"The cemetery has a church."

Translation:Το νεκροταφείο έχει μία εκκλησία.

January 5, 2017

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Does it need the article? Shouldn't "έχει εκκλησία" work as well?


There's a similar question here.

If it were a question, it would almost surely be omitted:

-Έχει εκκλησία το νεκροταφείο;

-Ναι, έχει.


Since "a church" is the direct object here and the word begins with a vowel in Greek, should it not be accusative μίαν εκκλησία? (I know this is minor, but just when I thought I was beginning to understand all the case markings, I wrote it like that, and it said I was "Almost correct").


Μία does not become μίαν in the accussative (it does only in archaic sophisticated speech). The -ν in accusative has become obsolete in Modern Standard Greek (that's why we don't say την θάλασσαν anymore, at least not colloquialy, in a more sophisticated-archaic speech you can and it's correct). Μια (without accent) can become μιαν (without accent) in everyday speech when followed by vowel. Μιαν is an accepted answer.


Ah, so many rules...but I like them as long as I understand them- thank you for explaining.


I used "εκκλησία". DL graded it as incorrect, using "ναό" instead. Does church = "εκκλησία" and "temple" = "ναό"?


You may have got the gender wrong -- if you type έναν εκκλησία, that's wrong, but rather than correcting the article, Duo assumes you got the article right and the noun wrong.

As for the other question, ναός seems to cover both what we'd call "temple" in English and many cases of what we'd call "church", at least Greek Orthodox churches.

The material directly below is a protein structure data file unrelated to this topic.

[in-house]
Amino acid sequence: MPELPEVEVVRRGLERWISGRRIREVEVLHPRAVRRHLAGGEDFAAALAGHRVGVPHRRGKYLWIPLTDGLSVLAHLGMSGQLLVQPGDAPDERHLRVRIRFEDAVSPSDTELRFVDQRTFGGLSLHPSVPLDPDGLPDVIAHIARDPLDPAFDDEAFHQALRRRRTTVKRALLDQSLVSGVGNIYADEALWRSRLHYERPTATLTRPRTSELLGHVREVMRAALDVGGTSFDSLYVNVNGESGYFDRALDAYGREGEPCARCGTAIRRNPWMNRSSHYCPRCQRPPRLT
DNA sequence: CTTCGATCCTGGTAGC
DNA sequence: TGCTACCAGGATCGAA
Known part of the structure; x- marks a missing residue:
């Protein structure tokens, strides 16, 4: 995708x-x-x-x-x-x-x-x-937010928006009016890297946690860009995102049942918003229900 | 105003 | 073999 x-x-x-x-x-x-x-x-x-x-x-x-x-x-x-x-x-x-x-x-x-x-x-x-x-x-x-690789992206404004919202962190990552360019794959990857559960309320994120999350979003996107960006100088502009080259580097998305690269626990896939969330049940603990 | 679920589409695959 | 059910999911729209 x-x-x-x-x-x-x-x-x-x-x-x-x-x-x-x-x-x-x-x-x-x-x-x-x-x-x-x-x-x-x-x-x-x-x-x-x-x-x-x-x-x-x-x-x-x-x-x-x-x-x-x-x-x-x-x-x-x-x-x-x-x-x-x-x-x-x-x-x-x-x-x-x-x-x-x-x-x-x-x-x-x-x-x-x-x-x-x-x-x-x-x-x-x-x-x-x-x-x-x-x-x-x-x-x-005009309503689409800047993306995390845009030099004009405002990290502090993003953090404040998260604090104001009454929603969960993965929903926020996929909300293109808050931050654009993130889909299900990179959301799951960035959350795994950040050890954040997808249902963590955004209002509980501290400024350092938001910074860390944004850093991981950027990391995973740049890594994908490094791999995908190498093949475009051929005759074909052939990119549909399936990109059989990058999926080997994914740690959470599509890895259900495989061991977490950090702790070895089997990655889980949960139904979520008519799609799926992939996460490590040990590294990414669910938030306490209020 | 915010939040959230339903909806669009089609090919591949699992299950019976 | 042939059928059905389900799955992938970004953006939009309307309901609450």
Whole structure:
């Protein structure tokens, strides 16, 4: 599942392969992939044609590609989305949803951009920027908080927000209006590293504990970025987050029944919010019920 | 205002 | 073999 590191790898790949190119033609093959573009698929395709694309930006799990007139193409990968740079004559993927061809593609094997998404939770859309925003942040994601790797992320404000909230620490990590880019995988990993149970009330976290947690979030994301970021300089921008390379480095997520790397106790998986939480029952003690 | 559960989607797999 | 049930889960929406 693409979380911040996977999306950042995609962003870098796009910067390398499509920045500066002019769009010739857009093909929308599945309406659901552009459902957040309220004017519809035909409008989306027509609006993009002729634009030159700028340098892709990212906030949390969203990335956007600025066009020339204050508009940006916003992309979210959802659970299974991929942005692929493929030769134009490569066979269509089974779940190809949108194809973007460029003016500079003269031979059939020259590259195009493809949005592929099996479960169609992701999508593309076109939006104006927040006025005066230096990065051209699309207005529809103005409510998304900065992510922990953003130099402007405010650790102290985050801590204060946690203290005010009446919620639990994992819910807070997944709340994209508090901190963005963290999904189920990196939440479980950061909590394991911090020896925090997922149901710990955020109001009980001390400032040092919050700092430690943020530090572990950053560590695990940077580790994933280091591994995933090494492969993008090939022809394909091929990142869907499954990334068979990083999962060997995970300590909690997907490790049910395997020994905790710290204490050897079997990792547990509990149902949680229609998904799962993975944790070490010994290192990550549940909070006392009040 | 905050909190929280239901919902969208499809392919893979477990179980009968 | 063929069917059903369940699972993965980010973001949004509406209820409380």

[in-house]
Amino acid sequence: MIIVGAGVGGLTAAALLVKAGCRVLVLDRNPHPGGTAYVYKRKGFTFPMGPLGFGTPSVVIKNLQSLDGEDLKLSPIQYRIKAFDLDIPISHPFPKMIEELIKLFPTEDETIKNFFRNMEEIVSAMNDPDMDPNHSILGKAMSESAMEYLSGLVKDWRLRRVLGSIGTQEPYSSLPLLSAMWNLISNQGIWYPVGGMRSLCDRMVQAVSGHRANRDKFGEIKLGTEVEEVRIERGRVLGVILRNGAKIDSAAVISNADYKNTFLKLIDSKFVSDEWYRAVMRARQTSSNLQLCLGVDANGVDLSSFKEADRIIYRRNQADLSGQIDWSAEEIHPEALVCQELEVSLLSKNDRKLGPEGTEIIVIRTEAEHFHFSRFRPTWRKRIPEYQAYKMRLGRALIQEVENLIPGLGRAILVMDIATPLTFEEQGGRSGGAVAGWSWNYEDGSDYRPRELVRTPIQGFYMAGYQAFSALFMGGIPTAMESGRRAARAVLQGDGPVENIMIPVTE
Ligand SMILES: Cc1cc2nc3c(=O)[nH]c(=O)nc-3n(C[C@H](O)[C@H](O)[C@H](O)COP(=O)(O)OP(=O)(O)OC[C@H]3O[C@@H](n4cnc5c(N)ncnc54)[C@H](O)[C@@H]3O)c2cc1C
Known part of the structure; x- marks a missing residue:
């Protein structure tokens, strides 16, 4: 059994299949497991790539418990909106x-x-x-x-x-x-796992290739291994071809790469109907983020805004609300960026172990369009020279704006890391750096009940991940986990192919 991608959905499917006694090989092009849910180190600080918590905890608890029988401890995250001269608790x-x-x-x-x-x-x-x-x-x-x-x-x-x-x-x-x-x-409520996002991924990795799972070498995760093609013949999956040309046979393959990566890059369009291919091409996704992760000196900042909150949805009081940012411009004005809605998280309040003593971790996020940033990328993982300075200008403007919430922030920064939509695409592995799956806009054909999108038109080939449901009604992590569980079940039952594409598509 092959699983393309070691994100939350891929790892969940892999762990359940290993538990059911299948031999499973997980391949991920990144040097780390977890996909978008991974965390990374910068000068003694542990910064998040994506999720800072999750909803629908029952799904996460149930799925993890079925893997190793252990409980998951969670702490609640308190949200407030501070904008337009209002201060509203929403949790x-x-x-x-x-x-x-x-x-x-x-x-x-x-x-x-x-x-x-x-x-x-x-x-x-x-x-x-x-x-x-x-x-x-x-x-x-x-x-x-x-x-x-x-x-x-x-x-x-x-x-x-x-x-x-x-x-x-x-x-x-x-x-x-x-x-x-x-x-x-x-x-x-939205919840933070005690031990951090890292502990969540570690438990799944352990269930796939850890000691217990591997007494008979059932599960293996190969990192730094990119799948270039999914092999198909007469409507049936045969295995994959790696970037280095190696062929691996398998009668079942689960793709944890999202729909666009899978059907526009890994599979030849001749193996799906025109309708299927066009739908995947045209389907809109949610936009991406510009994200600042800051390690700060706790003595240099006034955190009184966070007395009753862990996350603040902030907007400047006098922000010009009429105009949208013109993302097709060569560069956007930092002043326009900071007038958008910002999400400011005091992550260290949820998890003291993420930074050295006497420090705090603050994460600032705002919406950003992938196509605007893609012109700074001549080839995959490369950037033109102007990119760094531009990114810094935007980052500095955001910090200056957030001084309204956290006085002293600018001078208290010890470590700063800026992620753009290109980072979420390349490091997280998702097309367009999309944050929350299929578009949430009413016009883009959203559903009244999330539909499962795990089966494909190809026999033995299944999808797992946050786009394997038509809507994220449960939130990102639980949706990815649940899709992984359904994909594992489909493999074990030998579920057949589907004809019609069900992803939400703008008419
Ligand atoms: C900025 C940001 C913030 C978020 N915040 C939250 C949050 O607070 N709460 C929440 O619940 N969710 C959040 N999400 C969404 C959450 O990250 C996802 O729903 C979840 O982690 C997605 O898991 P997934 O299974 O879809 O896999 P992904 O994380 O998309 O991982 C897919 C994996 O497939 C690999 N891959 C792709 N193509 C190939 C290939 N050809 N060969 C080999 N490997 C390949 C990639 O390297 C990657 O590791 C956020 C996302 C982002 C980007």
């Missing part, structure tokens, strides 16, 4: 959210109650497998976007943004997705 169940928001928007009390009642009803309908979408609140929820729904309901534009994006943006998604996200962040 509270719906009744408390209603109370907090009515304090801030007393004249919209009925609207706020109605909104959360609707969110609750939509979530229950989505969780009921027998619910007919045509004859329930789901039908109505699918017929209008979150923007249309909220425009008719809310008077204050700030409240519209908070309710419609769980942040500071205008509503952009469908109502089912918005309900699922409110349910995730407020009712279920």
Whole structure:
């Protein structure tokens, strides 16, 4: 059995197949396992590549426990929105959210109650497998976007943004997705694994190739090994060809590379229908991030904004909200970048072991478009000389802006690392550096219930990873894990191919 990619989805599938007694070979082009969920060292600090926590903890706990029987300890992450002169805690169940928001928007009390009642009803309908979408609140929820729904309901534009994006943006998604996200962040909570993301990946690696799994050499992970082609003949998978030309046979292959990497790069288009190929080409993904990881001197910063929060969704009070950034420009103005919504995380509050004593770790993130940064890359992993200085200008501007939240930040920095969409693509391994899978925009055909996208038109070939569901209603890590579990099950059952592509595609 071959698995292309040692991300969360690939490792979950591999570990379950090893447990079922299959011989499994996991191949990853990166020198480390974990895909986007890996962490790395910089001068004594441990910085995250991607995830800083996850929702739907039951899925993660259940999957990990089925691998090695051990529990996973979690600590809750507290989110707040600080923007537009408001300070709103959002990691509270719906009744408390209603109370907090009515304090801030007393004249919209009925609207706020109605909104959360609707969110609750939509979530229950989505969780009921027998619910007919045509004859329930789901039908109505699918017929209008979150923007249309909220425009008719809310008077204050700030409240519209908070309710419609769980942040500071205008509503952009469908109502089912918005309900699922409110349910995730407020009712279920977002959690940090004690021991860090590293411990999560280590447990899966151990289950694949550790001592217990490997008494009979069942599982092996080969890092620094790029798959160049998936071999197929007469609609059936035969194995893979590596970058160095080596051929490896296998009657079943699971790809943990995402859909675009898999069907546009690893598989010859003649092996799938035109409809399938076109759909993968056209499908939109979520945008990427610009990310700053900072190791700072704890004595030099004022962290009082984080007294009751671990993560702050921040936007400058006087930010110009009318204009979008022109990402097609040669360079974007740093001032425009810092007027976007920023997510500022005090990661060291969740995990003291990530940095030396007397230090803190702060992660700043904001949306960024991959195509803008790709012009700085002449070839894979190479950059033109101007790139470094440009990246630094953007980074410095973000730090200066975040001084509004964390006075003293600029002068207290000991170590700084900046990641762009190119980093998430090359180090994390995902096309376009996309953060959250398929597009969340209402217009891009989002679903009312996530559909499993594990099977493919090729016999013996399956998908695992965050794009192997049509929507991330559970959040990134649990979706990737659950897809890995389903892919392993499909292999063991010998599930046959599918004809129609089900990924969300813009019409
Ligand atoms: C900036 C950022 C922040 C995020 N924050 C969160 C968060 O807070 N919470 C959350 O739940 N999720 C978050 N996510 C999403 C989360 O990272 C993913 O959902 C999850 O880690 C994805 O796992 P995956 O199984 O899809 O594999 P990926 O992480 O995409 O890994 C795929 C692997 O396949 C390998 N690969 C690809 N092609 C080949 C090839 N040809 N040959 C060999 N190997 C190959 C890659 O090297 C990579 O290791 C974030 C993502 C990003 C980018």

I think it is the other way around


I'd say that's a fine formulation. There's an absolutely massive cemetery near us that has a church in the middle, so I'd say that cemetery has a church. If we were talking about a smaller church that had a small graveyard attached, then yes, I'd say "the church has a cemetery".


I also thought the other way round made more sense, but that might be because in Dutch, a cemetery is called a kerkhof: a "church yard". Your interpretation also makes sense though.


I was picturing the situation as you describe it here (or as it crops up in any number of English murder mysteries). And, proud of myself for remembering the word for "chapel or church" I learned in Memrise, I wrote, "το νεκροταφείο έχει καθολικό." Does this stray too far or could it be added, do you think?


What would you say if you want to stress it has 'one' church, as opposed to two. Would it still be μία?


Just μία; in a sentence like this, that's more like saying that the cemetery has "one" church. If you simply wanted to denote that the cemetery has "a" church, you'd omit the article completely. If you wanted to really emphasise that this cemetery has only one church - as opposed to some other cemetery that has two churches - you could say that it has "μόνο μία εκκλησία"

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